Wiesbaden Entertainment Center opens its doors with something for everyone
WIESBADEN, Germany — Music videos, neon lights, Red Bull models, bowling and beer may not sound like a typical military grand opening, but that was the scene last week when the Wiesbaden Entertainment Center opened its doors.
The 27,000-square-foot center is part of the approximately $600 million-worth of projects planned for the area’s military community in preparation for the arrival of the U.S. Army Europe’s headquarters.
The two-story complex in Wiesbaden’s Hainerberg housing area features 16 bowling lanes, an eatery and cafe, a bar lounge, dance floor, slot machines, conference room, billiards and an outdoor beer garden.
“This is great,” Staff Sgt. Ivan Thom of the 24th Military Intelligence Battalion said at the center’s opening. “They thought about young and old alike. This place is gonna be full 24/7.”
USAREUR plans to move its headquarters from Heidelberg by 2012 or 2013, according to Army officials, although they are reluctant to give an exact time line.
USAREUR spokesman Bruce Anderson said the moves are dependent on congressional approval of future construction, notification of German officials and “operational commitments.”
Although “on time” and “on budget” were the catch phrases used by officials at Thursday’s opening, the $32 million Wiesbaden Army Lodge across the street tells a different story. The lodge, which will replace the American Arms Hotel near downtown Wiesbaden, was to open late last year but a water leak slowed progress.
“Unfortunately, it was on the top floor, so water has a tendency to flow downhill and it made its way to the bottom,” said Roger Gerber, chief of the transformation stationing management office at Wiesbaden Army Airfield.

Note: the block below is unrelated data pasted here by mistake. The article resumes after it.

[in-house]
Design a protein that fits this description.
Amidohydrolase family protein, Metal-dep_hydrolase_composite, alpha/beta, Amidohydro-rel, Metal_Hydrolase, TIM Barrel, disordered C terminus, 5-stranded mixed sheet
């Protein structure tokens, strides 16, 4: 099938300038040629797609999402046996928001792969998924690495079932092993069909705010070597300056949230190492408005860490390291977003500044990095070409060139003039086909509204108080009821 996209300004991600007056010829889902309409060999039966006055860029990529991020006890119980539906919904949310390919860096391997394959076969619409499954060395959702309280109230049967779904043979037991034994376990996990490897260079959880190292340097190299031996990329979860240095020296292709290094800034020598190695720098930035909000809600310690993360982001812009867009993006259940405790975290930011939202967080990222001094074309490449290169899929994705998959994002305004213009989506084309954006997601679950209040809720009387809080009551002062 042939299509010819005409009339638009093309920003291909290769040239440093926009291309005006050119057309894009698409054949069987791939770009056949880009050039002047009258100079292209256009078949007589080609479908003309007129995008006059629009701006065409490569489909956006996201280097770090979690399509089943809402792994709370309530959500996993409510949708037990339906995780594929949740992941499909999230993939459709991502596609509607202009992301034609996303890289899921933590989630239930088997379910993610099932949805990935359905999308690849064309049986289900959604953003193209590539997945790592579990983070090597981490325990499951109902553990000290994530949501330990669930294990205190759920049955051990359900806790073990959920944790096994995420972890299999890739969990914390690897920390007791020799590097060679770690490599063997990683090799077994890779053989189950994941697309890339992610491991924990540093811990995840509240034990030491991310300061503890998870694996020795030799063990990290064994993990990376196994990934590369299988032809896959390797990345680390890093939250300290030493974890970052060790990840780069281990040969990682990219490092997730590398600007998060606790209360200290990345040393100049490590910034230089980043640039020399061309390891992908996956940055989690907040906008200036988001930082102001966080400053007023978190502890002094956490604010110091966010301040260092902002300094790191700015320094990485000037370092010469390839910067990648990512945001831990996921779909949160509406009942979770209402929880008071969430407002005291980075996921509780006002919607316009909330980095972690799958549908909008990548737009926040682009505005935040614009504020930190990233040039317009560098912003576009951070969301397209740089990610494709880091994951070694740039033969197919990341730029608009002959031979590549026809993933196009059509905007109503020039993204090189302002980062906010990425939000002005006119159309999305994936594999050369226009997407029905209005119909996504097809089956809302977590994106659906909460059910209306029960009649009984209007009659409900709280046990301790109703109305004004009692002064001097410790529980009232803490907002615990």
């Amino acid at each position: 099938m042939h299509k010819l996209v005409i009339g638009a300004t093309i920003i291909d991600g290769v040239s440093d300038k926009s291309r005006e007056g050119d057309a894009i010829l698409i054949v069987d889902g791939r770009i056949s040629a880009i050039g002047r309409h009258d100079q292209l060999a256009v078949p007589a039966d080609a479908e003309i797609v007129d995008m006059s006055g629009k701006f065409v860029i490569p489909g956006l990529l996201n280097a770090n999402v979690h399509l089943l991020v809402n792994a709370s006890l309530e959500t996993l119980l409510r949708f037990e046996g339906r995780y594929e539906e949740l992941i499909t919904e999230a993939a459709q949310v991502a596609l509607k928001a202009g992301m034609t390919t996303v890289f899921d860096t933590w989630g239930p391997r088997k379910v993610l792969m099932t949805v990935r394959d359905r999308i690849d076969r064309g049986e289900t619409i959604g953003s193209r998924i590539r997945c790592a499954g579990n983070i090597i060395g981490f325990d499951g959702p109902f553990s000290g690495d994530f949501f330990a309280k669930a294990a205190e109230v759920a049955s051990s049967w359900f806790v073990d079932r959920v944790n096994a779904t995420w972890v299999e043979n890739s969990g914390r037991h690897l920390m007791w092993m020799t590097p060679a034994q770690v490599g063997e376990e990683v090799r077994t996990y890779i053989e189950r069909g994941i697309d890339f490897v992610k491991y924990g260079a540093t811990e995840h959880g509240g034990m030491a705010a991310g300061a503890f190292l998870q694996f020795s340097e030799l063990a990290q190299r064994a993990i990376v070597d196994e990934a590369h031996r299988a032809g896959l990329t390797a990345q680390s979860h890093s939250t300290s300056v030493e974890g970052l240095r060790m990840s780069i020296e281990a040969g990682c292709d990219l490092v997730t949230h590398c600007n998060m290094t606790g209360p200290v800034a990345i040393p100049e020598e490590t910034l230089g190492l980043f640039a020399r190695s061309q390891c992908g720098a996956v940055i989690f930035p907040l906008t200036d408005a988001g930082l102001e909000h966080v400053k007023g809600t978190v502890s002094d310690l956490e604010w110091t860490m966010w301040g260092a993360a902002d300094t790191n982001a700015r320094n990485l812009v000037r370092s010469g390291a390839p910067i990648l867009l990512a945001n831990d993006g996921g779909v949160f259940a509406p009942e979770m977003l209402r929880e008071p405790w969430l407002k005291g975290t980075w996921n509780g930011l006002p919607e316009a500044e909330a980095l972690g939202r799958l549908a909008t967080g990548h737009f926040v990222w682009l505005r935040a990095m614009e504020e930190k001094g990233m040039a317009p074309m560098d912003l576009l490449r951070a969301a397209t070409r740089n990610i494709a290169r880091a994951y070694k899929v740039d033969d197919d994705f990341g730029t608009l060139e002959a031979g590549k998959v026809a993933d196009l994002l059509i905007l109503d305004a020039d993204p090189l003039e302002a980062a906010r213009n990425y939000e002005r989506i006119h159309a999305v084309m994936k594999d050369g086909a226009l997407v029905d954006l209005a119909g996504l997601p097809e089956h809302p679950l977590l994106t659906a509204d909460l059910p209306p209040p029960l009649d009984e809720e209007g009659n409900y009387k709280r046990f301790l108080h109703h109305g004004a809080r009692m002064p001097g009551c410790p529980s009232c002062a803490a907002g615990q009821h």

Gerber said construction on the lodge should be completed this month with an opening in June or July.
Construction on a large post exchange in Hainerberg is to begin in June 2011, however plans to build a new commissary in the area have been put on hold, as the Defense Commissary Agency pushed it down on the priority list, saying the existing one was just renovated in 2005.
“These things get relooked,” Gerber said. “It’s not a show-stopper.”
Construction is also under way on the U.S. Army Europe Command and Battle Center on Wiesbaden Army Airfield, which Gerber calls the “keystone of the whole consolidation.” Construction is scheduled to be complete on the $125 million 285,000 square-foot center in February 2012.
Street and utility construction is already under way on the $133 million Army Corps of Engineers housing project adjacent to the airfield and construction on houses will begin later this month and completed in two years.
Other key projects include a Consolidated Intelligence Center, which will allow the complete closure of the Darmstadt military community, and an Information Processing Center to allow the 5th Signal Command to monitor the European Command’s network.
Gerber said about $330 million dollars of the upgrades in Wiesbaden are specific to the consolidation and the rest of the upgrades would’ve been needed by the community regardless of the move.
The move of USAREUR headquarters will boost Wiesbaden’s military population from its current 13,000 servicemembers, civilians and family members to some 17,000.